- There are a few brands that offer several tools in one single suite. It’s hard to be good at everything, so combining a few tools that do one thing really well is often the better way. Be careful with generic tools that try to solve everything.
Another big challenge when you finally chose your technology stack is regular use. It takes a lot of discipline and commitment to use all the tools.
A simple rule (assuming you have the best stack for your needs) is that if you don’t use it regularly, you probably don’t need it. In rare cases, maybe you should even reconsider whether freelancing is the right choice for you, if you lack the necessary discipline.
Nevertheless, it makes sense to encourage yourself to use apps with measures like:
- Creating bookmarks in your browser (or desktop shortcuts)
- Setting reminders and notifications
- Involving your business partners and clients in the app use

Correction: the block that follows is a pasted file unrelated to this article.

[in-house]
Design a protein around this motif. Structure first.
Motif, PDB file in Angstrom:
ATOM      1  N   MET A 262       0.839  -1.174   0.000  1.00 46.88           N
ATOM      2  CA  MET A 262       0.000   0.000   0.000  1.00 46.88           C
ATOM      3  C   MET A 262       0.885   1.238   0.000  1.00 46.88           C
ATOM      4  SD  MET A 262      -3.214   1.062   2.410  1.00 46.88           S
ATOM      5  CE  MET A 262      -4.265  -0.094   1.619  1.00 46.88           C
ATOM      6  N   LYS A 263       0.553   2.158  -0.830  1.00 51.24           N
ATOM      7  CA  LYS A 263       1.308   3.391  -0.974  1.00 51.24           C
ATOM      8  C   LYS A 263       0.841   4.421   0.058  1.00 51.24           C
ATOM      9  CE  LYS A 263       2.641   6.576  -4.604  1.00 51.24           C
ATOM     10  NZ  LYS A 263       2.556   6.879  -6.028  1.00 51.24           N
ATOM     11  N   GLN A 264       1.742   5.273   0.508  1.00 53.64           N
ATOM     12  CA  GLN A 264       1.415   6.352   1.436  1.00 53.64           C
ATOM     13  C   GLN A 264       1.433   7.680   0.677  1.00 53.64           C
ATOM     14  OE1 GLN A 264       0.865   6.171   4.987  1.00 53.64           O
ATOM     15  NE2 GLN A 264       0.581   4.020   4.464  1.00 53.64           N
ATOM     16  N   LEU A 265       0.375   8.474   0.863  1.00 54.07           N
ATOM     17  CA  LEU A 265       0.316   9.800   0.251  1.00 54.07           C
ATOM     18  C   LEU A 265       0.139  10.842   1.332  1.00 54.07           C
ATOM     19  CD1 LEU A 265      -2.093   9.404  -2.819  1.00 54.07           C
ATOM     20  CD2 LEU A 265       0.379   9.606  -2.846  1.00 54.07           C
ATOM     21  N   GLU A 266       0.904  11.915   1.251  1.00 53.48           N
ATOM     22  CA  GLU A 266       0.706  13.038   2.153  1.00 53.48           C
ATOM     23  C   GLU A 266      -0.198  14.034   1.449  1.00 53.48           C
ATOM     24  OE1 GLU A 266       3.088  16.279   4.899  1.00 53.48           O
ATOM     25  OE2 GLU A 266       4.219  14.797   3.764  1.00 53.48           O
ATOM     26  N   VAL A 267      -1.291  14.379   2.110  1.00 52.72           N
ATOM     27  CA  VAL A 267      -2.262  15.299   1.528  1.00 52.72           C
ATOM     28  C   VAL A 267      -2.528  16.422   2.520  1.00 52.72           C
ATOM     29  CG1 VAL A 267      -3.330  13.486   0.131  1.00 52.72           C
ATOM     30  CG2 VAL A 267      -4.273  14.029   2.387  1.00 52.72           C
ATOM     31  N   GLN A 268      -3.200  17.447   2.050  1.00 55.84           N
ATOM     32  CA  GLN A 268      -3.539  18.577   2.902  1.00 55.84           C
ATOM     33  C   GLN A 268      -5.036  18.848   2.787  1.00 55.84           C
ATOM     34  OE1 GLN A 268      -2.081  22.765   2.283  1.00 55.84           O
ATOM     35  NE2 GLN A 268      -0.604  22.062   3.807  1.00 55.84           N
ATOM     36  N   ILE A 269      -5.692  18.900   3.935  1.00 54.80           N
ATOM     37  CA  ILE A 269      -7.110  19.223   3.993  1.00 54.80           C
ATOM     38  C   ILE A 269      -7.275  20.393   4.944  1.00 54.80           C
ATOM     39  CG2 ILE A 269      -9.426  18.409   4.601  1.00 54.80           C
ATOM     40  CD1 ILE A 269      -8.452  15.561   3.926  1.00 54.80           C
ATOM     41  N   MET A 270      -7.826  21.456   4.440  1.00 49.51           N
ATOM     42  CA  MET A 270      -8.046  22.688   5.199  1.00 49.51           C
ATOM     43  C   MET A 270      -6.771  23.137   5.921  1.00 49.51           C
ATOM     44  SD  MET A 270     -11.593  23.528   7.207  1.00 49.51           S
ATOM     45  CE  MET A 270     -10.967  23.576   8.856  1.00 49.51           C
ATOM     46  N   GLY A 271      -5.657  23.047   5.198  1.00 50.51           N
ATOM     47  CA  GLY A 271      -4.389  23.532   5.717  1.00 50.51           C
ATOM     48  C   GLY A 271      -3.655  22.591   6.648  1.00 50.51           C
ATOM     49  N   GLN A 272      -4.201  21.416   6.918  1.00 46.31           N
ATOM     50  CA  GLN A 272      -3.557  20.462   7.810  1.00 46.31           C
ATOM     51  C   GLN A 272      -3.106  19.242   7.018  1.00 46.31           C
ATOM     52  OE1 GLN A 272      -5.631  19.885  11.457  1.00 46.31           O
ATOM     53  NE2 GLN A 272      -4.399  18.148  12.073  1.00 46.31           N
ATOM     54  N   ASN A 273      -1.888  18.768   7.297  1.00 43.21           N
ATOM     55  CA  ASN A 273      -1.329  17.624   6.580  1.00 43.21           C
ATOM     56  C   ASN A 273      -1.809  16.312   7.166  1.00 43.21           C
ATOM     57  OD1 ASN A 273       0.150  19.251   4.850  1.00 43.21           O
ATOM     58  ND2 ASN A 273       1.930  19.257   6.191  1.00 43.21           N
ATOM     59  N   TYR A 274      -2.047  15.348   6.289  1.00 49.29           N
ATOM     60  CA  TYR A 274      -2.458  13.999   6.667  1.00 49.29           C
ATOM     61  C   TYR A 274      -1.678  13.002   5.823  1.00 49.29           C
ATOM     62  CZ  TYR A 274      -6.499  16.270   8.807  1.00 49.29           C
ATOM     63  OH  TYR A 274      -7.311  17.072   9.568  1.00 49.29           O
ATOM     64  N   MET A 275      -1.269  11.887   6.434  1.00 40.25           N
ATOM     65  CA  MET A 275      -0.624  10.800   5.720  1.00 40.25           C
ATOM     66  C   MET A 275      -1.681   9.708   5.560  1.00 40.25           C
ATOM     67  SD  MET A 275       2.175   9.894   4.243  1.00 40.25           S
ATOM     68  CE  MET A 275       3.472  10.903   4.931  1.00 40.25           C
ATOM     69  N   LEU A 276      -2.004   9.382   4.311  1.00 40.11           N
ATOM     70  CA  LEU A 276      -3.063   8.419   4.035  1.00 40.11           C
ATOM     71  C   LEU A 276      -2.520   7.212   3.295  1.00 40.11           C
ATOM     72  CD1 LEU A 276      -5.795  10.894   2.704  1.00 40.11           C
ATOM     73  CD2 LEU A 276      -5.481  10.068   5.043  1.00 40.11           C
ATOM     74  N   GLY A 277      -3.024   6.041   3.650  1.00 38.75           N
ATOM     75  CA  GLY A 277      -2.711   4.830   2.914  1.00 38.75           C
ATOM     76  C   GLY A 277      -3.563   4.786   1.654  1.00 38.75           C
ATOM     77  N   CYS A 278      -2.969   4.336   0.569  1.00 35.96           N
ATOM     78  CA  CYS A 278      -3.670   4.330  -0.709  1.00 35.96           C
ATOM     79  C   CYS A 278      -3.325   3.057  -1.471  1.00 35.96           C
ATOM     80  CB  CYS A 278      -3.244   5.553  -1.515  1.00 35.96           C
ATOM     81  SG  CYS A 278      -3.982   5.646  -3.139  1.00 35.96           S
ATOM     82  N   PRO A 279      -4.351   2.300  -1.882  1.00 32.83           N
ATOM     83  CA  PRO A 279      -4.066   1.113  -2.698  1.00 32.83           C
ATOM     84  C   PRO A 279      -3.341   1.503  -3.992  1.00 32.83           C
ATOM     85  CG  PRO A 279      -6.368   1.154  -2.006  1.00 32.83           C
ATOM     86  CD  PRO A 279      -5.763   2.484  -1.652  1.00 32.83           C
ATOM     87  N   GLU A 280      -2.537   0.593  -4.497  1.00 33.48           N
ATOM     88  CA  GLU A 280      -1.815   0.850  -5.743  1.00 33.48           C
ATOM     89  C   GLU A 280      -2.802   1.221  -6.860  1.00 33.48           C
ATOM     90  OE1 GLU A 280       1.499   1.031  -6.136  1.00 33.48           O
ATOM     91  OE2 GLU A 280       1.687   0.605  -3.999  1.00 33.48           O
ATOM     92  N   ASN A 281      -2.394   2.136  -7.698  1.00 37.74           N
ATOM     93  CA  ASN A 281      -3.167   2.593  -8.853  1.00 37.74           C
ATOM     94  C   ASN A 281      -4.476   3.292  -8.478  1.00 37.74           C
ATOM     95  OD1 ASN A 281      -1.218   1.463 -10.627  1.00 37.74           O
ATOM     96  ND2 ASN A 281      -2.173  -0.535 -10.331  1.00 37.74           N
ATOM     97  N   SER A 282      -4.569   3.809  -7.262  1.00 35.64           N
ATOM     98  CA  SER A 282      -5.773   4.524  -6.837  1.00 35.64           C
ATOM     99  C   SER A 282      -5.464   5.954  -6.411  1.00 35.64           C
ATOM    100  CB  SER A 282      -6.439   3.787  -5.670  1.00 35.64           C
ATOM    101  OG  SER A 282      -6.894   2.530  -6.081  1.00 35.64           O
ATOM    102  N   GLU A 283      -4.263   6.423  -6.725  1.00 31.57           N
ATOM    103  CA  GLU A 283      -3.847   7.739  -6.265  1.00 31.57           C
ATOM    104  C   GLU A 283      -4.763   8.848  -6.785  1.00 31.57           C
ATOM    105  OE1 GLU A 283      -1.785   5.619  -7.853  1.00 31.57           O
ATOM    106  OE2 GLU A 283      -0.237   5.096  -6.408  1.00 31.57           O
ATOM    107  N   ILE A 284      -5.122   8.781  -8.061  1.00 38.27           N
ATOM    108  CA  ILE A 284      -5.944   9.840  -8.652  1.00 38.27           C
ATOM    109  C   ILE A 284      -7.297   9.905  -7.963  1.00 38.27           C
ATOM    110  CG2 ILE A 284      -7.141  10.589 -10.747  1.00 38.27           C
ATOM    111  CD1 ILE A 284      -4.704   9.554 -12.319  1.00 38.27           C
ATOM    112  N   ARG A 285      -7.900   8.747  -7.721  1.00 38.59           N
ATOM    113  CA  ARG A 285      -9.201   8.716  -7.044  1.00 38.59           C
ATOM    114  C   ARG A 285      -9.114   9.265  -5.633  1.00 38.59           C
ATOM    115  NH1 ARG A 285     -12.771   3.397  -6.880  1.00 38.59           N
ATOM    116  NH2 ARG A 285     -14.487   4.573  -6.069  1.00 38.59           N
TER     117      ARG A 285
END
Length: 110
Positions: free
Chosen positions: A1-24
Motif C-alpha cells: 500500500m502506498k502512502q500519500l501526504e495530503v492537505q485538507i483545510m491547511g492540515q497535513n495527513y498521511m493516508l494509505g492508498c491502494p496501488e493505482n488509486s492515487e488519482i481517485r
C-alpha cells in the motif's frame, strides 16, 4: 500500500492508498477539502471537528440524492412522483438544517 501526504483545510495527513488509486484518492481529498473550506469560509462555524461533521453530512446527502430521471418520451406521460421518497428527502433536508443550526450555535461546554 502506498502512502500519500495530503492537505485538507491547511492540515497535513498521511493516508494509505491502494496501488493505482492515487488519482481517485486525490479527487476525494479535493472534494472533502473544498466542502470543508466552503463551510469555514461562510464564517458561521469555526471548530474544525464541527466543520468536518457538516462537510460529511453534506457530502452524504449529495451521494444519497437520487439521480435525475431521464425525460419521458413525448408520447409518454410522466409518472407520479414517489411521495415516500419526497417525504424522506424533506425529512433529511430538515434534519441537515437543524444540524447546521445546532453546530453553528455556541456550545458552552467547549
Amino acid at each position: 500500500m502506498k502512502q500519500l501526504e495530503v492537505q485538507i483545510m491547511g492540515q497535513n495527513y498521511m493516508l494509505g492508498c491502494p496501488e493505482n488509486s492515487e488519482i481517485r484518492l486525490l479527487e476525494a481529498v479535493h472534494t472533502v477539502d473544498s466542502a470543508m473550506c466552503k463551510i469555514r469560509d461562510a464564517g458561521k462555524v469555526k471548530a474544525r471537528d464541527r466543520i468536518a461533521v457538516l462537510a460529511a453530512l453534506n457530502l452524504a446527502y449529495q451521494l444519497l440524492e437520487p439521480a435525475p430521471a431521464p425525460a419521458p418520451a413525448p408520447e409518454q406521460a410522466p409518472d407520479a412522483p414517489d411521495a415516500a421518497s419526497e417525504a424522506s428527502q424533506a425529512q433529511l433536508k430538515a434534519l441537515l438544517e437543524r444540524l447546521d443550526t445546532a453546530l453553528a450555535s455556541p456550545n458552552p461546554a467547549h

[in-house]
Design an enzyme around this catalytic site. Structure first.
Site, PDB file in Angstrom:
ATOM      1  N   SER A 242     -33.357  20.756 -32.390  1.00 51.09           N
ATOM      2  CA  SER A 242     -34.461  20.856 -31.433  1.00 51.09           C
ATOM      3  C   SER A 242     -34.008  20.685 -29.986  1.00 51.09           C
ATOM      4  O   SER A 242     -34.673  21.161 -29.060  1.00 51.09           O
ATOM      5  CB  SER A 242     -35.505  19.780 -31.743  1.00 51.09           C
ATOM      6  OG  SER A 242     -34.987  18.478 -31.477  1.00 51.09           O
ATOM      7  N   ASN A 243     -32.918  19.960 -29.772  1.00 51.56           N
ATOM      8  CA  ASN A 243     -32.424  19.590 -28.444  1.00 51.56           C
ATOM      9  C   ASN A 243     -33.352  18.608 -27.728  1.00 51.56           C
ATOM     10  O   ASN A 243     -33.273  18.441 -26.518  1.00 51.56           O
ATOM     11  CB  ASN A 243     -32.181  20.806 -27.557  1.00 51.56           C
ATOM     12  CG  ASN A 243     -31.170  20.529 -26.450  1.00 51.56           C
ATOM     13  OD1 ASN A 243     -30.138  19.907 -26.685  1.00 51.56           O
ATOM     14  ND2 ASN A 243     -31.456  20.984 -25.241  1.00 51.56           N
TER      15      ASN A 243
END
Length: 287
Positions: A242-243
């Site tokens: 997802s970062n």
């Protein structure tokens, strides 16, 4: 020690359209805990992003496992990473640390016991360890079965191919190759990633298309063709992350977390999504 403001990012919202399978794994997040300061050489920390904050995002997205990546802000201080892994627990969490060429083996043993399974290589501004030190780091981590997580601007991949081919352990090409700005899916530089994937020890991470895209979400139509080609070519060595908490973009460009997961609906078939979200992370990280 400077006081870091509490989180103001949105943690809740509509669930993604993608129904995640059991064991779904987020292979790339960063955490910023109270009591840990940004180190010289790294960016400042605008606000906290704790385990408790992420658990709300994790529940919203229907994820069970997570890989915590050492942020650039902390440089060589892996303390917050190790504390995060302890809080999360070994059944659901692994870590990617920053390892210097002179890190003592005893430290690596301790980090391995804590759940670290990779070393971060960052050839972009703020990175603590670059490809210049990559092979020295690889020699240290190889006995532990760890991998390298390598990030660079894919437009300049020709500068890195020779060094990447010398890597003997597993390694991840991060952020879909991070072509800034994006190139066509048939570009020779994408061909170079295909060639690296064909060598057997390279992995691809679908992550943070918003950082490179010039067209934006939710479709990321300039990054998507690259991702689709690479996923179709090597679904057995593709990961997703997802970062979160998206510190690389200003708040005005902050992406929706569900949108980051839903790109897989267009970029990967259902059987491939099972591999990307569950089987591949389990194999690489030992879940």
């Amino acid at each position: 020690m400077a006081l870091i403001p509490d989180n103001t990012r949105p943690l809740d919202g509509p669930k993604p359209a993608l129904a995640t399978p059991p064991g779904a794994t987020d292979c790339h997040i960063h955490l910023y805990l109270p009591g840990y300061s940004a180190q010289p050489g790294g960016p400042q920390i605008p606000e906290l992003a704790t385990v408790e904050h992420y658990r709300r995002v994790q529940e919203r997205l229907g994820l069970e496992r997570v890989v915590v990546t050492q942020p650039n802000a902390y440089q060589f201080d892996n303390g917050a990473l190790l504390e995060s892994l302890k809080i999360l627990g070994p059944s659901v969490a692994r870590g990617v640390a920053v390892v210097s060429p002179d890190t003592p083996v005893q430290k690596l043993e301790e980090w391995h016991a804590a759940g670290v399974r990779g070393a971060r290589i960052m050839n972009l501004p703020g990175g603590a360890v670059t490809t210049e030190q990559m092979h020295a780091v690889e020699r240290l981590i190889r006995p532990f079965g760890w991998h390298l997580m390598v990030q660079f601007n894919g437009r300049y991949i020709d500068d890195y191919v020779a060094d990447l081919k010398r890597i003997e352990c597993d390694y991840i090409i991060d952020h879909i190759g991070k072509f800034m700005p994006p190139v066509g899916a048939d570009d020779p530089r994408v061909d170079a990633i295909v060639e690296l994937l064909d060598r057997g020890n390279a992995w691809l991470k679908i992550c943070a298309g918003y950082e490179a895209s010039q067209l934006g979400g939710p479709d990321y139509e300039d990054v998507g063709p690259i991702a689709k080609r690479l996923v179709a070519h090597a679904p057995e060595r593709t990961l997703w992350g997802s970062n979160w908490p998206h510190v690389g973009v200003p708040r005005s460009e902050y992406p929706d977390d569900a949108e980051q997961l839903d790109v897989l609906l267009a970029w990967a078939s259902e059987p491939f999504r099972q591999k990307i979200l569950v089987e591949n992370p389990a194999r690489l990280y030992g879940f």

- Tracking costs for all the apps (which can sum up to quite an amount and that could motivate you to really take advantage of all the apps)
Which apps do freelancers really need and why?
Assuming you already have an email, calendar and office solution (like G Suite or Office365), as a freelancer you definitely need the following stack of apps:
- Time tracker with an invoicing solution
- Accounting application
- Note‑taking application
- Cloud storage application
- Communication applications
The most basic productivity tool of every freelancer is a time tracker. A good time tracker will not only help you keep a record of every work hour spent, but also stay productive, keep a work-life balance and automate many administrative tasks.
A good time tracker will provide features like:
- Many ways to track your time (start/stop watch, manual entries, mobile app tracking etc.)
- Different visualizations of how you spend your time
- Record of billable and non-billable time
- Automated invoicing and reporting to your clients
- Track of budget and expenses
- Different types of reports
It’s important that as a freelancer, you don’t choose a solution that’s an overkill.
You want a simple time tracker that you will actually use. You also shouldn’t spend too much money on a time tracker.